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Going for it: Aggressive-minded NFL follows in wake of Eagles' success

Teams have gone for it on fourth down 200 times, which is the second-most fourth-down conversions through Week 7 since at least 1991. Jamie Gilliam/Icon Sportswire/Getty Images

PHILADELPHIA -- Eagles defensive coordinator Jim Schwartz had the same reaction as many across the country when Doug Pederson put two fingers in the air instead of one late against the Minnesota Vikings in Week 5, his team trailing by eight.

"I was a bit slack-jawed, like, 'What are we doing?'" Schwartz said. "I wasn't privy to those discussions and things like that with the analytics [people], and being sort of old-school it's like, ‘What? No, no, kick the [extra point].’ And then after the game, somebody was explaining to me the statistics behind it, and it’s like, ‘Oh, I get it.’"

New York Giants coach Pat Shurmur had the light-bulb moment, too, and took the same tack during the fourth quarter of Monday's game against the Atlanta Falcons.

Dating back to 2002, there had been only one instance of a team going for two while down eight points. Then it happened twice in three weeks.

It's just further evidence of a sea change occurring across the NFL where teams are ratcheting up their level of aggressiveness, brought on by a perfect storm of circumstance that includes a rise in analytics, the enforcement of rules that (further) benefit the offense, and an Eagles Super Bowl run that was defined by an attacking, out-of-the box approach.

According to ESPN Stats & Information and Elias research:

  • There have been 59 two-point conversion attempts so far this season, which is the most through Week 7 since the rule was instituted in 1994.

  • Teams have gone for two points in the first half 12 times, the most through Week 7 since at least 2001. The previous high in that span was seven.

  • Fourth-down tries are also on the rise. Teams have gone for it on fourth down 200 times. That's the second-most fourth-down conversion attempts through Week 7 since at least 1991.

And despite this being the second-highest rate of fourth-down tries since at least 1991, the league is converting fourth downs 53.5 percent of the time this season, which is the best rate through Week 7 since 2012.

Schwartz pointed to the way the game is being officiated and the rise in data analysis as the two primary factors that have further emboldened offenses. Illegal contact calls have skyrocketed. There were 37 such calls entering Week 8 compared with 38 all of last season. Defensive holding is also up. Combine that with an offense's ability to commit "legal pass interference" within a yard of the line of scrimmage, and you can see why teams might be more aggressive in short-yardage situations. Scoring has soared across the league as well thanks in large part to the stringent way in which defensive penalties are being enforced.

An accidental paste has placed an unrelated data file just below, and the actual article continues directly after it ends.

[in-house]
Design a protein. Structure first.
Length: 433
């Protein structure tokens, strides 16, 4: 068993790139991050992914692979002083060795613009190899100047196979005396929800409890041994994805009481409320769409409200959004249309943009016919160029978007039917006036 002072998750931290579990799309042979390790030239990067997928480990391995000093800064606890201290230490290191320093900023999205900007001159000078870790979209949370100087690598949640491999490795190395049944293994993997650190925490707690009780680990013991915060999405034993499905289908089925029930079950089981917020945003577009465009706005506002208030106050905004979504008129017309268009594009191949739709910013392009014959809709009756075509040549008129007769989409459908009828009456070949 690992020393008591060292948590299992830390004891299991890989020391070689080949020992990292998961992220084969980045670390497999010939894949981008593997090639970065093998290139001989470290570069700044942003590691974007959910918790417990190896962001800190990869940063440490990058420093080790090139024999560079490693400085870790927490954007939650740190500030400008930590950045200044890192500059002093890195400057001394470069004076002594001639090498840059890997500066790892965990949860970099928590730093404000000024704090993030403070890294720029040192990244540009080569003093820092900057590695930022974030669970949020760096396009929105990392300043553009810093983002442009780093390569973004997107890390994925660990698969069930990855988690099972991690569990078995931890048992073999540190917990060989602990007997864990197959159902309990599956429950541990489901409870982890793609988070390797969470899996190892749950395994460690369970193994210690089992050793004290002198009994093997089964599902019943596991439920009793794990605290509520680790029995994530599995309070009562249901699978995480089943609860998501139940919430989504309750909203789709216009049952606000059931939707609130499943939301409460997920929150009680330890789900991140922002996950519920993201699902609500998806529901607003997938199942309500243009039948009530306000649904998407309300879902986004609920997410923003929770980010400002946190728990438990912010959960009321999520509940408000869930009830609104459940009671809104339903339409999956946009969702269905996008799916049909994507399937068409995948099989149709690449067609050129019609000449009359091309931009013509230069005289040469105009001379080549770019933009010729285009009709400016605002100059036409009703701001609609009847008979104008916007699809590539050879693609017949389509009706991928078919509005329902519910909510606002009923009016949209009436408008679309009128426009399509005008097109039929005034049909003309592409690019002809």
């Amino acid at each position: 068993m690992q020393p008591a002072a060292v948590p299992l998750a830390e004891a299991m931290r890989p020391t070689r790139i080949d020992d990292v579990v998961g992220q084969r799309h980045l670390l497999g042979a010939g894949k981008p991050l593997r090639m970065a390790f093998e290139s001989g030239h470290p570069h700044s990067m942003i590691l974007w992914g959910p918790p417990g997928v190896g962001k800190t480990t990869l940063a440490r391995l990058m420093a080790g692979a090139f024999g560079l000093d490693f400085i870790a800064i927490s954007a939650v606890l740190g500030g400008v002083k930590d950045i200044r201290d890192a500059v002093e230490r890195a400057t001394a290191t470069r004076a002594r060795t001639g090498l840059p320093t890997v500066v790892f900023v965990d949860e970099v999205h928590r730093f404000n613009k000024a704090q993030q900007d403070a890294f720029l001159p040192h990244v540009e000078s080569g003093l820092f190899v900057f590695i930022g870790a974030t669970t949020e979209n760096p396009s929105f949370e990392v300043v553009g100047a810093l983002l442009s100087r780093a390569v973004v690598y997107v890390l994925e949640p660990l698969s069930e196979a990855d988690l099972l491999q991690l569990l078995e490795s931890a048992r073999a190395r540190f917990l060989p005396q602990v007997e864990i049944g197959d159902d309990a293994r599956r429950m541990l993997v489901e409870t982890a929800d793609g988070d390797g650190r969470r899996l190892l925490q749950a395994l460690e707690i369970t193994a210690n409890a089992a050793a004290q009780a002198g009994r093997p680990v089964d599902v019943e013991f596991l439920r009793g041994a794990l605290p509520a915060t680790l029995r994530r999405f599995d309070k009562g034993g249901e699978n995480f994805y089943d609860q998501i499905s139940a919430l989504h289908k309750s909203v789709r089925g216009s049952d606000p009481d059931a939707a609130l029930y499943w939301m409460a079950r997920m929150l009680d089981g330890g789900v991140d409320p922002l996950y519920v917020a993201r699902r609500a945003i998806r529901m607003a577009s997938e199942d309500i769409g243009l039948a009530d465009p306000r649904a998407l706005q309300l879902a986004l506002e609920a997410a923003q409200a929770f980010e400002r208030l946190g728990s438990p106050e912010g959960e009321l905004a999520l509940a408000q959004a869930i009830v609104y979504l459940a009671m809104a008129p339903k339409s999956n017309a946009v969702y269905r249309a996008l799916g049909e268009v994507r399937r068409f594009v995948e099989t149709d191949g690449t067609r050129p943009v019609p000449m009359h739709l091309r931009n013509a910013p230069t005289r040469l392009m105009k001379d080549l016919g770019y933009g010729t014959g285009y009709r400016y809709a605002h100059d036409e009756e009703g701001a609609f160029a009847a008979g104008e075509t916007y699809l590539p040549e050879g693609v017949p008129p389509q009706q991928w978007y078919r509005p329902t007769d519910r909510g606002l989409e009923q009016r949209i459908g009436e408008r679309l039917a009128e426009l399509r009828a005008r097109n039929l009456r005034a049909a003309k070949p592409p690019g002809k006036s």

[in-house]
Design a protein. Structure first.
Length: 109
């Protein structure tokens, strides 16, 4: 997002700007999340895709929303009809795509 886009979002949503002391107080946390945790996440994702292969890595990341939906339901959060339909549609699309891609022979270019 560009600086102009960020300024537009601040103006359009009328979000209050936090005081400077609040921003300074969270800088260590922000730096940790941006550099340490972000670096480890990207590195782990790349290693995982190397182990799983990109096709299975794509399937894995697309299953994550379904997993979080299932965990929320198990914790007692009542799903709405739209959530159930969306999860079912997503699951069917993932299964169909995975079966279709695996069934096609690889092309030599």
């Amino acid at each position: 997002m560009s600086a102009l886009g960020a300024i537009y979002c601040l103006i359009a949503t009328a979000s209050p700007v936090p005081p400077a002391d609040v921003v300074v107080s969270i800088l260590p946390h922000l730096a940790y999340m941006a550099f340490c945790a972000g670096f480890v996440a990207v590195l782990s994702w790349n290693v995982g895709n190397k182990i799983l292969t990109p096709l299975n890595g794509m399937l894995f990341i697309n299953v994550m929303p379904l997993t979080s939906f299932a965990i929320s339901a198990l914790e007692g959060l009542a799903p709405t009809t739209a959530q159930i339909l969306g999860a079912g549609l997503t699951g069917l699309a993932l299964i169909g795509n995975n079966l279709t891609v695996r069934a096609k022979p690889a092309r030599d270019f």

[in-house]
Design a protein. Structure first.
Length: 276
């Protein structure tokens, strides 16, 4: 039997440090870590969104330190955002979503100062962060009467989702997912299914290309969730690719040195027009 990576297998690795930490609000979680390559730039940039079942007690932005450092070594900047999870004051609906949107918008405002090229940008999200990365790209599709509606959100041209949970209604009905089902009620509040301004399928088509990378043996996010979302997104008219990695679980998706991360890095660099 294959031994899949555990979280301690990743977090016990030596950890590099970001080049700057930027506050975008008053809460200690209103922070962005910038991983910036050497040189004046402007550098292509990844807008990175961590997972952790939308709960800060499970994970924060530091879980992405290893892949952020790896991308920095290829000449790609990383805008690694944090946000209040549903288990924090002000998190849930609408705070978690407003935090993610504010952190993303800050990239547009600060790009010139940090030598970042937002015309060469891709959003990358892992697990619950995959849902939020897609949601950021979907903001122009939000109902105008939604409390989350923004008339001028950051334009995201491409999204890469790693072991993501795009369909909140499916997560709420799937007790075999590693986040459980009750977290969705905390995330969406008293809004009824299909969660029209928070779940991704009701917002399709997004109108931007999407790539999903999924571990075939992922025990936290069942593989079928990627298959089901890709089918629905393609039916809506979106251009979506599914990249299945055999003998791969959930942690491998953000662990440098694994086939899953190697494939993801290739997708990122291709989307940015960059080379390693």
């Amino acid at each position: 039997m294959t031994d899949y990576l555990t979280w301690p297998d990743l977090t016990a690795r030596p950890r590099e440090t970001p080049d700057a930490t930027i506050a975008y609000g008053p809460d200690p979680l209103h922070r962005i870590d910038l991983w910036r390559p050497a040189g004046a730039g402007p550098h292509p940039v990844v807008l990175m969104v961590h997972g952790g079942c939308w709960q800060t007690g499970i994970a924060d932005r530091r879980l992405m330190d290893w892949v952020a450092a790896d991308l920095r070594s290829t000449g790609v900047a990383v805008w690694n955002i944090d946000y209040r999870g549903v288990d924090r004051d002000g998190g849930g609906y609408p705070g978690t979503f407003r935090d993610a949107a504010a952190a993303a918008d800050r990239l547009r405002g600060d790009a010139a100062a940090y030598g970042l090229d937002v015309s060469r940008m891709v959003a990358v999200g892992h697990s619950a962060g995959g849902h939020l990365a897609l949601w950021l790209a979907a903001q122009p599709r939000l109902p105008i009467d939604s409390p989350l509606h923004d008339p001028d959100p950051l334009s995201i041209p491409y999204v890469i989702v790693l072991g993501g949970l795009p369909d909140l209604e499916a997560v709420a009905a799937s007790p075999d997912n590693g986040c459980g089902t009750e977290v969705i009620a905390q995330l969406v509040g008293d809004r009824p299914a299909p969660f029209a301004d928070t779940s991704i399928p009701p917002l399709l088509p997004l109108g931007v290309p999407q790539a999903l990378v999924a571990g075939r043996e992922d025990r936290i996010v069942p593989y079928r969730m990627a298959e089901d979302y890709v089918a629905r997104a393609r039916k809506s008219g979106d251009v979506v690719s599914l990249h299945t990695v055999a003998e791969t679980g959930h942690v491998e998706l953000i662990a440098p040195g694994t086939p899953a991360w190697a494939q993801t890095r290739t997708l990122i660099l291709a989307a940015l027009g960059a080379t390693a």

"I think teams are probably studying that [two-point conversion decision] a little bit more, doing analytics on it and trusting their guys, the scheme." Doug Pederson

Then there's the math. Through a heightened focus on analytics, teams are finding that some conventional methods actually hurt their chances of coming out on top, and are adjusting accordingly.

Take Pederson's decision, and then Shurmur's to go for two down eight. As ESPN Analytics ace Seth Walder broke down, going for two in that situation gives you a much better chance of winning, assuming the team does get an additional touchdown. If you succeed on the first attempt, you need only to kick the extra point to win by one. And if you fail, you still have another bite at the apple, which would send the game into overtime. The risk is that you'll fail on both tries, but on balance it’s worth the gamble. Going for two, like Shurmur and Pederson did, gives a team about a 60 percent chance to win, assuming another score. Following convention and kicking two extra points leaves a team with about a 45 percent chance to actually win the game.

"That's a pretty simple calculation right there," Pederson said.

This kind of data isn't all that new, but those providing it are starting to be taken more seriously, thanks in part to the Eagles' analytics-fueled run to the Super Bowl last season.


In his book, "Fearless: How an Underdog Becomes a Champion," Pederson was critical of the Jacksonville Jaguars' conservative approach at the end of the half during the AFC Championship Game against the New England Patriots last season. With 55 seconds on the clock and two timeouts in their pocket, the Jaguars took a knee and rested on their 14-10 lead rather than going for the jugular.

"I was there thinking, 'You've got to be kidding me right now.' It made me mad because Jacksonville had New England right where they wanted them. I was screaming at the TV in my office. When they knelt right before halftime, inside I was like, 'I'll never do that.' It fueled me," Pederson wrote. "I thought, 'If they lose this game, this is why.'"